Signet Jewelers Closing Nearly 400 Stores as it Grows Digital Experiences

Lisa Johnston
Editor-in-Chief, CGT
Lisa Johnston CGT

Signet Jewelers will permanently close nearly 400 stores by the end of this year while it grows its digital experience services for the remaining fleet.

The parent company to Kay Jewelers, Zales, Jared, Piercing Pagoda, Peoples, H. Samuel, Ernest Jones and will not reopen 150 North American and 80 U.K. stores it had shuttered in March to help slow the spread of COVID-19. It will also close at least an additional 150 stores by the end of the fiscal year, a decision that will be shaped by landlord discussions and further store-level analysis.

Signet’s North America same-store sales declined 39% in the first quarter, while e-commerce sales rose 4.3%. The New York-located James Allen distribution center was forced to shut down as a result of COVID-19, and so when this is excluded, e-commerce sales rose 18.2%.

As it re-opens stores, Signet is bolstering its digital services with virtual by-appointment private shopping consultations. These video consultations, available 9:00am to 12:00am EST, seven days a week, pair customers with store associates for such things as choosing and designing jewelry.

See also: Jared Taps Digitally Native Sister Brand for Omnichannel Concept Store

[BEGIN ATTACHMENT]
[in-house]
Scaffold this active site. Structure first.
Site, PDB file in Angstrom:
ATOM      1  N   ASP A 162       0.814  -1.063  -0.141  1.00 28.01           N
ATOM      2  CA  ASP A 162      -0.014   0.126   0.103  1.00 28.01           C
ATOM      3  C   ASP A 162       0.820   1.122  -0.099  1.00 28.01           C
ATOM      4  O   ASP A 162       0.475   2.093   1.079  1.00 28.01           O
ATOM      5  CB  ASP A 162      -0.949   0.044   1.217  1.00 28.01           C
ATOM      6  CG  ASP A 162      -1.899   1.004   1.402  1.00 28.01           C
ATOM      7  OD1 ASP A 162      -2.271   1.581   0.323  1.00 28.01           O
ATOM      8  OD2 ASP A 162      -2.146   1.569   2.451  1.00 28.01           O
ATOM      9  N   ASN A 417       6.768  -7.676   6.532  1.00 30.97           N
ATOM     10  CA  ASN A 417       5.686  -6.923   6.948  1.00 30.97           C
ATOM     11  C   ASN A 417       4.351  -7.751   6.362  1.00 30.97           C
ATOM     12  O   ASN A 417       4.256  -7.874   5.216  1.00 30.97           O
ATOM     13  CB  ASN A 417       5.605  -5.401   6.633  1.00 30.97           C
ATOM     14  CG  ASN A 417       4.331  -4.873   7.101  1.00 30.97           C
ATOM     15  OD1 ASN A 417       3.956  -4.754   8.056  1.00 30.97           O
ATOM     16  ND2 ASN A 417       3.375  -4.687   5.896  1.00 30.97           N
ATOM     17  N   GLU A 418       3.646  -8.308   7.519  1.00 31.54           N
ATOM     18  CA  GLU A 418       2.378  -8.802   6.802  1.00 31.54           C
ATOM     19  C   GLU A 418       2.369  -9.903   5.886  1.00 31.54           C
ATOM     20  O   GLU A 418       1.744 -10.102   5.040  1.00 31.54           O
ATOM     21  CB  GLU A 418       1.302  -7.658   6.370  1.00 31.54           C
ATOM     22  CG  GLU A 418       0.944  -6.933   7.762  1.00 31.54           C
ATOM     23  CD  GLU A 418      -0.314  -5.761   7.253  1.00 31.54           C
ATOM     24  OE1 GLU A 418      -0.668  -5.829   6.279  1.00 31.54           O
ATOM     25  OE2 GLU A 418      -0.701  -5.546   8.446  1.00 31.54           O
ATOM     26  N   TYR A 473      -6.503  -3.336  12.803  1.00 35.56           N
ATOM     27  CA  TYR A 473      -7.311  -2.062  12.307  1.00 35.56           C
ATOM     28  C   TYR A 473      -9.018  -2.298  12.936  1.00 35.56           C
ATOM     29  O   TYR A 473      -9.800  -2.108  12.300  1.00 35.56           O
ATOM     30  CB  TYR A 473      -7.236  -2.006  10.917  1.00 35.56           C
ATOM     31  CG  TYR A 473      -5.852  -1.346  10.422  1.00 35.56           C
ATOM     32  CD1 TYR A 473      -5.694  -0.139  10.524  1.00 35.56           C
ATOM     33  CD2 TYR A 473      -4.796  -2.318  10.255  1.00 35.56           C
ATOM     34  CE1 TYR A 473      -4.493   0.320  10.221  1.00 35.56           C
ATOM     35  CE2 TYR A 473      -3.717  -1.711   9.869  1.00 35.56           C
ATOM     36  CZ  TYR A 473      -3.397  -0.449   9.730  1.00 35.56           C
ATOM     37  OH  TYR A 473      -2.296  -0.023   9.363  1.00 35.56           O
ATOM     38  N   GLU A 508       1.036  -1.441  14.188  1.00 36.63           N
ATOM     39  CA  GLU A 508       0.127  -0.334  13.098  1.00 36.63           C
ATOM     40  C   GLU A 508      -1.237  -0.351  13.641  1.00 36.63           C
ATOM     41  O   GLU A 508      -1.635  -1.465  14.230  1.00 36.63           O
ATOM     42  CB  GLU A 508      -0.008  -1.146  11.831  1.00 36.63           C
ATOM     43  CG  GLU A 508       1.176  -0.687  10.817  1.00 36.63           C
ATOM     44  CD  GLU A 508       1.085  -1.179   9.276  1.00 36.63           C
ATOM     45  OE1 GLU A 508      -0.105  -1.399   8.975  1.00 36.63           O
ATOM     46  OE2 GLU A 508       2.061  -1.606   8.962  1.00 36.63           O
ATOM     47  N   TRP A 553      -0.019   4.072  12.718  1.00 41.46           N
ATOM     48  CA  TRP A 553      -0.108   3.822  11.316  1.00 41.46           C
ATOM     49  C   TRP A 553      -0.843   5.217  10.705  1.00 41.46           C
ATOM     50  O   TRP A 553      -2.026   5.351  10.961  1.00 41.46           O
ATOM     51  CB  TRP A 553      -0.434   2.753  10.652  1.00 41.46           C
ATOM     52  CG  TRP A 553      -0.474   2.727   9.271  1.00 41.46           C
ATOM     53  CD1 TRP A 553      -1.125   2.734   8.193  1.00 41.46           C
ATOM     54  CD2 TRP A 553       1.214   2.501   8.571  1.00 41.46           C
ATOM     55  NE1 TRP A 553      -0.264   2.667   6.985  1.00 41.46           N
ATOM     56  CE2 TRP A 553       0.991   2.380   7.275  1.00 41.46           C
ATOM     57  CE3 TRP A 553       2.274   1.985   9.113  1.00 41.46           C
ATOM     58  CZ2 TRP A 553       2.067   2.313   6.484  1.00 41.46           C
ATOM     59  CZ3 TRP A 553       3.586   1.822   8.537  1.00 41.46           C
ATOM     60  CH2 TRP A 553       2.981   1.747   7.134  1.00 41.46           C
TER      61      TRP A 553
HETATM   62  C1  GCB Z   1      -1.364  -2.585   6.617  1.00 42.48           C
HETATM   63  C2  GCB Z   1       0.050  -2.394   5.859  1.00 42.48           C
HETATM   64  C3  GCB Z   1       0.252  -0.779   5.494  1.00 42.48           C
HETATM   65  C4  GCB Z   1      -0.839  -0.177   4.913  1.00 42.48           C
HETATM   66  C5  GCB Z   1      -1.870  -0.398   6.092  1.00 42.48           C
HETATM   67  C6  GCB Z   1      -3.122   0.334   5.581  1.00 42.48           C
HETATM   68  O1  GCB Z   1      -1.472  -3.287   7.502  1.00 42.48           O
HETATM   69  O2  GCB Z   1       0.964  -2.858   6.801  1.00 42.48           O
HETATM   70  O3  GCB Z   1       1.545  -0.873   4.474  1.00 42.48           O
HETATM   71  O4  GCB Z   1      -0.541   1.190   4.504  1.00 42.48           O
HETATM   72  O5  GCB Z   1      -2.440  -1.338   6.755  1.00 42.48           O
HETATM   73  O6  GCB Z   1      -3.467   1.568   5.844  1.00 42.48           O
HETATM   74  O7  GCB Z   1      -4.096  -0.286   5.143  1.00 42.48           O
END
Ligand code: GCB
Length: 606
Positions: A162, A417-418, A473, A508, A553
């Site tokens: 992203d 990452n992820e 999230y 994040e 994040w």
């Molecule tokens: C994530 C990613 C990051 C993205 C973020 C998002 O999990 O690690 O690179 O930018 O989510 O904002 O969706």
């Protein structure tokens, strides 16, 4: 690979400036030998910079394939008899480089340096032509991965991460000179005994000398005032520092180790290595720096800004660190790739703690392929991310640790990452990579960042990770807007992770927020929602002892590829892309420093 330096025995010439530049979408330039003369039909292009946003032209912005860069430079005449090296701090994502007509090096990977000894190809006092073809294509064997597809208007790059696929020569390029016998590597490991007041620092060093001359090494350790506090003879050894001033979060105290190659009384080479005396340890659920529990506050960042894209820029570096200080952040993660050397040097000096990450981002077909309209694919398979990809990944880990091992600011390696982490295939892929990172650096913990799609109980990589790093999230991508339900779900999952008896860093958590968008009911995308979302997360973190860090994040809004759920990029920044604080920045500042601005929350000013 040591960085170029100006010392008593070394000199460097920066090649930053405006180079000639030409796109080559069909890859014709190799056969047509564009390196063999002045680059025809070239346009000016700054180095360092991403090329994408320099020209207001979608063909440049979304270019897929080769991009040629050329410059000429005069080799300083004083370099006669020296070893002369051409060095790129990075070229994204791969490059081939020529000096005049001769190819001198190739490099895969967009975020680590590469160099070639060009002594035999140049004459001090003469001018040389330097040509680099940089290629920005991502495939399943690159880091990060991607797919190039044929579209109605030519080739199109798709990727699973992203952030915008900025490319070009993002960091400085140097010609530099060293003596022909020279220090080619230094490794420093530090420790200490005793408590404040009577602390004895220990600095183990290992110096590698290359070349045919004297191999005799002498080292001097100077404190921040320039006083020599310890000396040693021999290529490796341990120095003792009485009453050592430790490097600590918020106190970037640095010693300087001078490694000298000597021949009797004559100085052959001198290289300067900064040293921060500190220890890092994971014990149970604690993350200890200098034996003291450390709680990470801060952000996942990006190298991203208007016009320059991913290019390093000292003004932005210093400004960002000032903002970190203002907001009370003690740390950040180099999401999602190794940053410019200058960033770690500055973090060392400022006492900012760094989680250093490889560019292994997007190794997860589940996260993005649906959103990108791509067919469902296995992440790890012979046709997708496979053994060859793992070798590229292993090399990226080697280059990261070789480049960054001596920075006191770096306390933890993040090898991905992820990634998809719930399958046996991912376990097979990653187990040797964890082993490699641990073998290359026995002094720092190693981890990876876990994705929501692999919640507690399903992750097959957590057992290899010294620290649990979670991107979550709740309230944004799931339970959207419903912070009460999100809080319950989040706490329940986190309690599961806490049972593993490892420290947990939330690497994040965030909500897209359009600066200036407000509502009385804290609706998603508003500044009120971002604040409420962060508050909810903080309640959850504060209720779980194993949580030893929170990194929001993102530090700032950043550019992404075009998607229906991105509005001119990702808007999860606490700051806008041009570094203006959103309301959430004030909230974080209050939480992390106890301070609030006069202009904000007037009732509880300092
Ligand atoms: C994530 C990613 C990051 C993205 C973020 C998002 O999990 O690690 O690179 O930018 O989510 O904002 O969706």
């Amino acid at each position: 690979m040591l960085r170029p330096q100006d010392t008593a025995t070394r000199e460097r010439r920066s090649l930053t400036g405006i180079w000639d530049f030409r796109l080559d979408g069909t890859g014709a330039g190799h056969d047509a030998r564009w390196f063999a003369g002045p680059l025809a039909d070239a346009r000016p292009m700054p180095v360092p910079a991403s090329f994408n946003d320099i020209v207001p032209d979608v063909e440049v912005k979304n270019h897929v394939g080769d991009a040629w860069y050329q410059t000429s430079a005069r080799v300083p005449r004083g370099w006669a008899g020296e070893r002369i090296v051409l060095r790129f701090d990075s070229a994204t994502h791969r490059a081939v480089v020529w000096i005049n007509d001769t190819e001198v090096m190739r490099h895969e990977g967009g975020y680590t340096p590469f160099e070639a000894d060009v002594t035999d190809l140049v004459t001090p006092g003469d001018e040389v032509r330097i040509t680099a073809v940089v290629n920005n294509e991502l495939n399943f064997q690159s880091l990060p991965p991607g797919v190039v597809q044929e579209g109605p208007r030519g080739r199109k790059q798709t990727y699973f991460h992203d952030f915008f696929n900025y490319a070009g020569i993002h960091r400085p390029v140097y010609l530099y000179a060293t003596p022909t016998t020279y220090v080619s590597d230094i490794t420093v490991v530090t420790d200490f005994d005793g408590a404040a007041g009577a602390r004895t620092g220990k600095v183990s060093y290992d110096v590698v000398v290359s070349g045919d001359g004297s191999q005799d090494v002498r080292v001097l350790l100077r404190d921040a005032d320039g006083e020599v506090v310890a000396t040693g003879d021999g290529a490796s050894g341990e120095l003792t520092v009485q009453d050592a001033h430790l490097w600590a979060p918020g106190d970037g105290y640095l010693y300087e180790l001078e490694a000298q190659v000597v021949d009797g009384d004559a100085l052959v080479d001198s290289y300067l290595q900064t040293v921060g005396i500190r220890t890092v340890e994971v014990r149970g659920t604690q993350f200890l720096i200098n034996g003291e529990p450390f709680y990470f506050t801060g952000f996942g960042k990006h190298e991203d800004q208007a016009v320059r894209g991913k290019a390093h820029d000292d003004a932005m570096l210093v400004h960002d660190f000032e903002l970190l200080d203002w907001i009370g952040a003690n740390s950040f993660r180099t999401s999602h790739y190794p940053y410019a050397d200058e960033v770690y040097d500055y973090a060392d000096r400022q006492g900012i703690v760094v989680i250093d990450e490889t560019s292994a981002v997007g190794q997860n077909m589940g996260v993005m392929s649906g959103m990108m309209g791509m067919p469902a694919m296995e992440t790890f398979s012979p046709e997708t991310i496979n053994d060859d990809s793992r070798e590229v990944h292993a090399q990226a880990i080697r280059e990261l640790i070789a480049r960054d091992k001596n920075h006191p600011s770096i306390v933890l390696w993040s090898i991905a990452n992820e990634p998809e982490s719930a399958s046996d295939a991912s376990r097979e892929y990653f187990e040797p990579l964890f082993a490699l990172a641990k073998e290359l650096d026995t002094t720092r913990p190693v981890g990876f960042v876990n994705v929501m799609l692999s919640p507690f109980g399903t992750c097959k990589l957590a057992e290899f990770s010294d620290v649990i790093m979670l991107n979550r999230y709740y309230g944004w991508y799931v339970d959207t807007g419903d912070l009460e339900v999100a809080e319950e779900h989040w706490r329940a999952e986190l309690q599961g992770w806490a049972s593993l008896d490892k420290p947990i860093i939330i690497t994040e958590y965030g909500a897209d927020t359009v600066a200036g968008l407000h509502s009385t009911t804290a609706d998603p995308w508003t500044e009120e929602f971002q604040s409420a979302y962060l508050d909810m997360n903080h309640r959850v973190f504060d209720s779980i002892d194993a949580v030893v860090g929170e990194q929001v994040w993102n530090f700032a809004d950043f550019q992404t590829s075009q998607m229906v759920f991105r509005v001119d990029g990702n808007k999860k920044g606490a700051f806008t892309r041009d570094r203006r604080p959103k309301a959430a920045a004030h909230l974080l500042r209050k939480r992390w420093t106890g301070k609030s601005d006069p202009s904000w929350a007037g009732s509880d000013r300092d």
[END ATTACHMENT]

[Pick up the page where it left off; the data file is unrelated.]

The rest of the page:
The company has conducted more than 100,000 virtual consultations with over 20 million customers since March 23, and it intends to expand its services as consumers grow more comfortable with purchasing jewelry online.

It will also expand its curbside service, first implemented in April, to additional stores. With Curbside Concierge, consumers select a password, which they then provide when greeted by an associate at the designed location.

Signet, which operates around 3,200 stores, has re-opened nearly 1,100 of them as of June 2. Like most retailers, the company is implementing new sanitizing and social-distancing measures, including regular sanitizing of high-touch surfaces and alcohol wiping of jewelry between try-ons. Employees are required to wear masks, and some will wear gloves when needed.

See also: Even with Changing Consumer Behavior, a Human Touch Still Matters at Retail

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